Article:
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Yahoo! and Microsoft are giving serious thought to the idea of e-mail "postage" that costs senders a small fee, company officials said.
The admissions come in the wake of Microsoft founder Bill Gates' January comments in Davos, Switzerland suggesting the spam problem will be defeated by a number of different solutions, but "in the long run, the monetary method will be dominant."
The monetary approach, known as "sender pays," has different variations and is currently being used by several anti-spam companies, including IronPort and Vanquish. The latest company getting buzz for advocating such an approach is a Silicon Valley start-up called Goodmail. Under Goodmail's model, bulk e-mail senders pay outright for "postage" that guarantees their e-mail will be delivered to participating ISPs, who are paid for accepting the mail. Understandably, ISPs are interested in exploring this idea, as it helps them defray the soaring costs of handling e-mail.
Microsoft hasn't committed to any particular company's approach, a spokesman said, "We continue to look at these and other innovative approaches that help change the economic model for sending spam." Its partner in an anti-spam coalition, Yahoo!, is also investigating a number of different options, including the solution Goodmail offers, the start-up's CEO confirmed.https://o1.qnsr.com/log/p.gif?;n=203;c=204650394;s=9477;x=7936;f=201801171506010;u=j;z=TIMESTAMP;a=20392931;e=i
"We are in talks with various ISPs. Obviously, Yahoo! has made comments about us and is one of the companies we've engaged with," said Richard Gingras, CEO of Goodmail. "We've had good constructive discussions with most of the major ISPs."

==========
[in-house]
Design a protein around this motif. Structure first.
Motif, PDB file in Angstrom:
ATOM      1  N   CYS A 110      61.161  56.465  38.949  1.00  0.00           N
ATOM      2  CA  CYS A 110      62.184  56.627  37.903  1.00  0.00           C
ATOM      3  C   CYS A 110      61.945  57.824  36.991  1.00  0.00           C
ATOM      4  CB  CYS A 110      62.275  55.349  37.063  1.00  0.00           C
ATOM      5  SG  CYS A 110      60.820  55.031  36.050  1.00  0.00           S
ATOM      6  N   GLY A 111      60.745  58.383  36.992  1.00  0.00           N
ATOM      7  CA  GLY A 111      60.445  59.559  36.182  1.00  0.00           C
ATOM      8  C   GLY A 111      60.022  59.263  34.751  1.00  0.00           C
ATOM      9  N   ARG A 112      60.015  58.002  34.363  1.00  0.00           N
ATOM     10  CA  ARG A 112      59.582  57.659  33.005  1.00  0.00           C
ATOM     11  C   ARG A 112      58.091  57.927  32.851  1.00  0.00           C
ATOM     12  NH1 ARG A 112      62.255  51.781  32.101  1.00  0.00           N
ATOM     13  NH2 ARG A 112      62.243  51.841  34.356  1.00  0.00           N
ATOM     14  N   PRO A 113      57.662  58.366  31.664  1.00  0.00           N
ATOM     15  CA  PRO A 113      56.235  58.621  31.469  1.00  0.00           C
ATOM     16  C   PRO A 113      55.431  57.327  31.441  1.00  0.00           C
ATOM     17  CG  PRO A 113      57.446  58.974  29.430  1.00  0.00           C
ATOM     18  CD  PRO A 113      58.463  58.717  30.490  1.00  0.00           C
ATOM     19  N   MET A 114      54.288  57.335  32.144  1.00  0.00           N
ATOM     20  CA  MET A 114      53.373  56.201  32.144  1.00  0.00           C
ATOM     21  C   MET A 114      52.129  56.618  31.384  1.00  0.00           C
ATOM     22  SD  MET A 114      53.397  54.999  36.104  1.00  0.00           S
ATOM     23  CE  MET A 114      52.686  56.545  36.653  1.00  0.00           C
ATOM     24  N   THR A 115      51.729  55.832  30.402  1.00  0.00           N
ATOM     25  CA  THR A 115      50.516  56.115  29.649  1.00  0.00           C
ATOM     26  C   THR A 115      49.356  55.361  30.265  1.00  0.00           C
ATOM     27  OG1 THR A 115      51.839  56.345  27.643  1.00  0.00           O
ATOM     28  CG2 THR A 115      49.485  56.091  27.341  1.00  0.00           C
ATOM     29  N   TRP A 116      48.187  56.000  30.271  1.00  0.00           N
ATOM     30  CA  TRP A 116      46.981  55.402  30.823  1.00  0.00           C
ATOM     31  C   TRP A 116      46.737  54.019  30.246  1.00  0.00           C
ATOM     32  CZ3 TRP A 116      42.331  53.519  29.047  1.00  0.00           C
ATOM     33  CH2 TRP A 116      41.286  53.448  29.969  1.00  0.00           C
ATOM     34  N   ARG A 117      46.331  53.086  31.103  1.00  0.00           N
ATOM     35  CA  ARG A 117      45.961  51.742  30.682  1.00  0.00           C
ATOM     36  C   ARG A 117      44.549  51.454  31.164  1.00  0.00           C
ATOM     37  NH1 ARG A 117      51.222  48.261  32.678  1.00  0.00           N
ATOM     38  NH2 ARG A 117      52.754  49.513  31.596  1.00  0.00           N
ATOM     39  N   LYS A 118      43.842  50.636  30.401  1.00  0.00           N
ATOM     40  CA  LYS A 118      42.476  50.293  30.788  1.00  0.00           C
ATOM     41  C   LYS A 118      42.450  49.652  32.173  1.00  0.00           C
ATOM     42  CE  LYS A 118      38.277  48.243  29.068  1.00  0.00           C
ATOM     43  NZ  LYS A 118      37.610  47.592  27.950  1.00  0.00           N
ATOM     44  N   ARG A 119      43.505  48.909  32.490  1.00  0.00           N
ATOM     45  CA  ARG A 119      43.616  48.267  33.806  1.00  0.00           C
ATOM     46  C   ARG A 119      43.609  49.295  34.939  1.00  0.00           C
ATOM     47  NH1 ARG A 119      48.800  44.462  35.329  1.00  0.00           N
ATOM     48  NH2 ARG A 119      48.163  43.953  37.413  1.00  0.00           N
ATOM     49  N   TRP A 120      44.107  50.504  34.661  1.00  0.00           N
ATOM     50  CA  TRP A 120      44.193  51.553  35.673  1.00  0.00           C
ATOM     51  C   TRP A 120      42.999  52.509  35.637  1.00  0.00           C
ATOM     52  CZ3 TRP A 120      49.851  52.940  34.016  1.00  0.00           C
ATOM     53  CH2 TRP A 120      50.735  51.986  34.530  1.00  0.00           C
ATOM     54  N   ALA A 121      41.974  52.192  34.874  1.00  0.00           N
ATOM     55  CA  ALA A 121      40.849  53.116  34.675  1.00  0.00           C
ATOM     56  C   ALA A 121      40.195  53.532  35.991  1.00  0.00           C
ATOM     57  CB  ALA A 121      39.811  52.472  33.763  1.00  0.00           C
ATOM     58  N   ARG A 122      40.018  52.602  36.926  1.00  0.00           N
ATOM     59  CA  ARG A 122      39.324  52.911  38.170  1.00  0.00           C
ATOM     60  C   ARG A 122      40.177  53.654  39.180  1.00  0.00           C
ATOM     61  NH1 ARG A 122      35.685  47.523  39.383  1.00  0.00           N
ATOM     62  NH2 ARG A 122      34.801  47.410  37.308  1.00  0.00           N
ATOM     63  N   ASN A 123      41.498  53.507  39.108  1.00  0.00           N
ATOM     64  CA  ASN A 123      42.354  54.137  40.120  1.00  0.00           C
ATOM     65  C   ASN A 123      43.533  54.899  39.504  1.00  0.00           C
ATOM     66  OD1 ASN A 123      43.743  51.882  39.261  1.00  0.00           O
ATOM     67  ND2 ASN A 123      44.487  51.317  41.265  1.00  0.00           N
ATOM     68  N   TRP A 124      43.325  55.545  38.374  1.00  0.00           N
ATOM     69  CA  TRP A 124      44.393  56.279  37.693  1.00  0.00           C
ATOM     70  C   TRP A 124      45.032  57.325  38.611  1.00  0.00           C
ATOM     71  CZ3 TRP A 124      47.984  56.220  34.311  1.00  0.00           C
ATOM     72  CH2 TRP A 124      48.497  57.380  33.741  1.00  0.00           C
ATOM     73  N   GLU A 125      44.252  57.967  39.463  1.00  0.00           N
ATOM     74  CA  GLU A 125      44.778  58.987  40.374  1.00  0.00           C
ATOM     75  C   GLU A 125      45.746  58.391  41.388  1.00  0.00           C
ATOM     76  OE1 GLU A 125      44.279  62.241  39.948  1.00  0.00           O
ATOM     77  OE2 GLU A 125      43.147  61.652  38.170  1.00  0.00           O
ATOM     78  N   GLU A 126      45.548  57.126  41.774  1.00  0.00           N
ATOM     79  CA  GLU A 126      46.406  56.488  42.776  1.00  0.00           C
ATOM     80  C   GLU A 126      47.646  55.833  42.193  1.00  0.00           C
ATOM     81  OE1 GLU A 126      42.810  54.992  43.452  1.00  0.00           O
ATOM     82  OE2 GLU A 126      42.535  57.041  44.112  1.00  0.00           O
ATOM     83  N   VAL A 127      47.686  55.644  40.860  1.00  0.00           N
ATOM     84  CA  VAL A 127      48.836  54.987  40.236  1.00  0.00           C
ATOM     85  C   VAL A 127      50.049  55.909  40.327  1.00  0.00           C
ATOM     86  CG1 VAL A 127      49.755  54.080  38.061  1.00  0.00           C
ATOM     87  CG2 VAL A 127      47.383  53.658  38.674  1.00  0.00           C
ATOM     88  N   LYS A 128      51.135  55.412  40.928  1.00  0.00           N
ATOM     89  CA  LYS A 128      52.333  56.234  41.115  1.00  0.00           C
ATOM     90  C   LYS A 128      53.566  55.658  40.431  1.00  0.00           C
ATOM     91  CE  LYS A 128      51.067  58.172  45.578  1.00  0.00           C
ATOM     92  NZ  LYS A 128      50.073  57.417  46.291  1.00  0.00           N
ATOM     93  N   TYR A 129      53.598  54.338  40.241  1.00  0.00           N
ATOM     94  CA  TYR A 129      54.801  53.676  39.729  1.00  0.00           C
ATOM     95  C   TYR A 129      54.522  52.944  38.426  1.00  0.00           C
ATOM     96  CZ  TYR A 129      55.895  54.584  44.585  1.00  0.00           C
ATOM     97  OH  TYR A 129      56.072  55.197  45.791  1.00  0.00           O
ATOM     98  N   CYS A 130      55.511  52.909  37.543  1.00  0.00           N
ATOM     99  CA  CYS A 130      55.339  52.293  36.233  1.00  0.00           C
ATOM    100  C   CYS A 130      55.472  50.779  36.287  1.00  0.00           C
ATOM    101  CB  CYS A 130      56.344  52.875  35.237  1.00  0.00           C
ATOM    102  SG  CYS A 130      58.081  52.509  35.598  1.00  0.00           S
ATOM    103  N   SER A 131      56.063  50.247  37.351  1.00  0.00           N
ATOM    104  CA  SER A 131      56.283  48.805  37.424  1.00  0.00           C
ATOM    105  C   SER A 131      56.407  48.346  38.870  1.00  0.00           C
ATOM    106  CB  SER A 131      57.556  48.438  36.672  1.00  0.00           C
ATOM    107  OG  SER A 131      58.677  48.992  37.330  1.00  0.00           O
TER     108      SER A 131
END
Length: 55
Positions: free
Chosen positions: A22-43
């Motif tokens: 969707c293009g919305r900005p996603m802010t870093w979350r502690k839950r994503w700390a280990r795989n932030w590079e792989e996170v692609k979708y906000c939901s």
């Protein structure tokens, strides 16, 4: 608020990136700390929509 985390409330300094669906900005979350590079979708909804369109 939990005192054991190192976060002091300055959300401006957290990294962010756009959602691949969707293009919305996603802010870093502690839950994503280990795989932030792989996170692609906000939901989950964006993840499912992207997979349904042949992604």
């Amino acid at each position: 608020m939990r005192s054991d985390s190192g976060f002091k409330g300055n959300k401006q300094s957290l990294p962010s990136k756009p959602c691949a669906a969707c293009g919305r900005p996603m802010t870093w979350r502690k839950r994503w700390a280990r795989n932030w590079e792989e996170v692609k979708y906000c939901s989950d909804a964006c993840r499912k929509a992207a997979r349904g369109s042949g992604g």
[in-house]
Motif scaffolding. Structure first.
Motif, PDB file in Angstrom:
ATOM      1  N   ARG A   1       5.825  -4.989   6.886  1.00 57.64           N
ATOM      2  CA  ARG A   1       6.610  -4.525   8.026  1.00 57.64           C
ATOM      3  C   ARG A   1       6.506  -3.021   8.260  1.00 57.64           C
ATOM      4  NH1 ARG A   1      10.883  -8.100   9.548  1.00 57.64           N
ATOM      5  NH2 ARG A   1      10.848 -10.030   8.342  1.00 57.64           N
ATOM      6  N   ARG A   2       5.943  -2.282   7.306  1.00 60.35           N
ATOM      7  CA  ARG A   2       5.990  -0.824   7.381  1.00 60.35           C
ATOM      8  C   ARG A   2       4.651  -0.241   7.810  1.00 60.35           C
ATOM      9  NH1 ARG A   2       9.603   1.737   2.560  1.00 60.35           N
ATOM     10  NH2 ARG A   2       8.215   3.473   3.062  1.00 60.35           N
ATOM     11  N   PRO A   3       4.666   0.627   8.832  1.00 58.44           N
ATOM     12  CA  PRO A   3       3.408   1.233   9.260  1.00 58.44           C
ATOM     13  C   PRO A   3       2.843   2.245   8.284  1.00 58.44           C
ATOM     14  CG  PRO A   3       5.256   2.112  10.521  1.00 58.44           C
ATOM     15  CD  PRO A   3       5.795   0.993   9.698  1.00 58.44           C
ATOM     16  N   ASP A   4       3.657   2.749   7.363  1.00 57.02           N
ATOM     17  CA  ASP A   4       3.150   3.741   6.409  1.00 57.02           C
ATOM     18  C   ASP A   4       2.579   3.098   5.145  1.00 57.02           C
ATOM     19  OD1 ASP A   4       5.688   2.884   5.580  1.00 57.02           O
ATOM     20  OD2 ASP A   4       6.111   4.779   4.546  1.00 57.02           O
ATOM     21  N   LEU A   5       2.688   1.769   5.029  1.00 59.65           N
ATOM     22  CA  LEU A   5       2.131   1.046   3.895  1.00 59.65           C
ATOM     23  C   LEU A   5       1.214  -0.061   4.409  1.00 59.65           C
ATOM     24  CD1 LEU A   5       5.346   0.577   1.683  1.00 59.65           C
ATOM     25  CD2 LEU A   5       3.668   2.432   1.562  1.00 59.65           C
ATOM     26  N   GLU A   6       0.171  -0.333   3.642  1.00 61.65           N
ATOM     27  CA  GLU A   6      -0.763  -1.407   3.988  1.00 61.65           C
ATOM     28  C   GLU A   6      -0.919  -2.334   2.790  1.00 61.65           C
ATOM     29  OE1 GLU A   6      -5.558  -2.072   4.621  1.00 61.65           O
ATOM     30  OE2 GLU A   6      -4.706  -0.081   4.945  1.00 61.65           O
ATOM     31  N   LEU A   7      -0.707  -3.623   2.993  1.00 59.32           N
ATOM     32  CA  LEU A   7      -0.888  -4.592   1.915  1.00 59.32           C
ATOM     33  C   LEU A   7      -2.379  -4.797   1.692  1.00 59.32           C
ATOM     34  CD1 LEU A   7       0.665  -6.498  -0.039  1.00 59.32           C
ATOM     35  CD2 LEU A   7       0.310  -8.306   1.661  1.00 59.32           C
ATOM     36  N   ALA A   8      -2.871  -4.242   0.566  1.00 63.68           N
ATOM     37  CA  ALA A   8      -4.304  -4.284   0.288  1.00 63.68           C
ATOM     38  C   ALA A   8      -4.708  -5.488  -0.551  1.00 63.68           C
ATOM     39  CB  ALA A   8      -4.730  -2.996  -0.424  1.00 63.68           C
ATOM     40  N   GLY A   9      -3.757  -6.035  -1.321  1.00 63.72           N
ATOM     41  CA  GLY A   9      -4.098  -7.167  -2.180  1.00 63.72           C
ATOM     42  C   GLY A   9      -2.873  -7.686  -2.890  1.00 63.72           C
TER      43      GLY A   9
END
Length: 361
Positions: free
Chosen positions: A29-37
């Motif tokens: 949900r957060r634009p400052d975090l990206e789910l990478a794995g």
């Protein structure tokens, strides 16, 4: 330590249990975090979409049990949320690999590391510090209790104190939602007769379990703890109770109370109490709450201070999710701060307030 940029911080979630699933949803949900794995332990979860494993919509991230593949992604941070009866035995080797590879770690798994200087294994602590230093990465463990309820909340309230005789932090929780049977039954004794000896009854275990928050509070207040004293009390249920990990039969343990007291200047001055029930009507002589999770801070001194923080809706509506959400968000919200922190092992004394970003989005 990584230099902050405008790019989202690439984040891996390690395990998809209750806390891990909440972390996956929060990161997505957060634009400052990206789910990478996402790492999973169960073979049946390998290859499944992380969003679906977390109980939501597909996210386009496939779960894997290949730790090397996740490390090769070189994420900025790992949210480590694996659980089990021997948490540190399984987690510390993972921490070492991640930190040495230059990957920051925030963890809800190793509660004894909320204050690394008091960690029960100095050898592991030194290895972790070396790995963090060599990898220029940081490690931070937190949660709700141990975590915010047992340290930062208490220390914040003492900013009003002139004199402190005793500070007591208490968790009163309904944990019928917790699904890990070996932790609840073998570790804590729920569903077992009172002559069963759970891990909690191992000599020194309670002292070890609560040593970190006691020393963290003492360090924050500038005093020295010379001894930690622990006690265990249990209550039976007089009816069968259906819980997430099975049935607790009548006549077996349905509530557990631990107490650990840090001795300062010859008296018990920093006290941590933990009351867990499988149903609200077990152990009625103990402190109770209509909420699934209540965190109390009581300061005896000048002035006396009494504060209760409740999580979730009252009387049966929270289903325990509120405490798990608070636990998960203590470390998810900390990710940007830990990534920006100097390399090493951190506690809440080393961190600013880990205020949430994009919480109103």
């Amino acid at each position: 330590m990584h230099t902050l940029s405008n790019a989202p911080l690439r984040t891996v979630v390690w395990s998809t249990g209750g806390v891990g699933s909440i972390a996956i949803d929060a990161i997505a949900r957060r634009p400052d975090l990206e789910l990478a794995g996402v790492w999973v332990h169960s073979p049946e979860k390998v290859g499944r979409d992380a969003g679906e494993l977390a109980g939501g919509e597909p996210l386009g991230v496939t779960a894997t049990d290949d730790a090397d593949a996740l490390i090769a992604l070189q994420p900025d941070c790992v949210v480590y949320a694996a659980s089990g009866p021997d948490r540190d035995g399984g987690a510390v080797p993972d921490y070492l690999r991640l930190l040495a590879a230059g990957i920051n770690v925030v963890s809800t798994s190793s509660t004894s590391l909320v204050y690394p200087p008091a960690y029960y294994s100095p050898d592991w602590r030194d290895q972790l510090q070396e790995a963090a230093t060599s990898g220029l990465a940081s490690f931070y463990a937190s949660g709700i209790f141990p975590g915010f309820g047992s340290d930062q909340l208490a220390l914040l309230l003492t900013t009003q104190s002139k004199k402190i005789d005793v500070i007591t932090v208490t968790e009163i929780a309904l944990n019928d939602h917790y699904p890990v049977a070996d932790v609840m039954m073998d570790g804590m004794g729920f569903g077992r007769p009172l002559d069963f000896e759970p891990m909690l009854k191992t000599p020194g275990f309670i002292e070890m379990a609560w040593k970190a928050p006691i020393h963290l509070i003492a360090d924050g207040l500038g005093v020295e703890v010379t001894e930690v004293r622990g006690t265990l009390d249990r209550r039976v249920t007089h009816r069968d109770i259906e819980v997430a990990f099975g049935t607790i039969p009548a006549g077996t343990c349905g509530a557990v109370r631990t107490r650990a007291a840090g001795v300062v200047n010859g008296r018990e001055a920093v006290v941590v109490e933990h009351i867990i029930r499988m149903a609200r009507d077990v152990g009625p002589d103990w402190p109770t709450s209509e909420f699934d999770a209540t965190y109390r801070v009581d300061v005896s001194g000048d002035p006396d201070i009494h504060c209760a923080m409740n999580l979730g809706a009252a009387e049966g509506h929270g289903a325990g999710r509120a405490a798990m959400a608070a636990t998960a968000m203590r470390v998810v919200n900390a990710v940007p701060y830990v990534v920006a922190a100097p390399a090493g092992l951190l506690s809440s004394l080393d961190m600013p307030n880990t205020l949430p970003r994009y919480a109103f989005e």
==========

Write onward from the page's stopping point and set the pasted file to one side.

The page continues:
According to Gingras, there is "tremendous benefit" in the idea for ISPs, particularly in enabling them to come up with a spam-fighting approach that minimizes false positives. A false positive is when a message welcomed by a user, or at least not qualifying as spam, is wrongly blocked or dumped in a spam filter. The cost of blocking such legitimate e-mail is expected to soar to $419 million in 2008 from $230 million in 2003, according to Jupiter Research, which shares a parent company with this publication.
Yahoo! is intrigued with the idea of postage because it would force mailers to send only those offers a significant number of people might accept. Spammers would not be able to behave without regard for the Internet providers' or end users' interests, according to Brad Garlinghouse, VP of communications products at Yahoo!
"The problem is there is not enough friction in sending bulk e-mail," Garlinghouse said. Garlinghouse says Yahoo! is interested in imposing economic consequences only on bulk e-mailers, not Yahoo! users who send mail to friends or family.
The "sender pays" idea makes sense to executives at other ISPs as well, including Dale Malik, director of product management for BellSouth.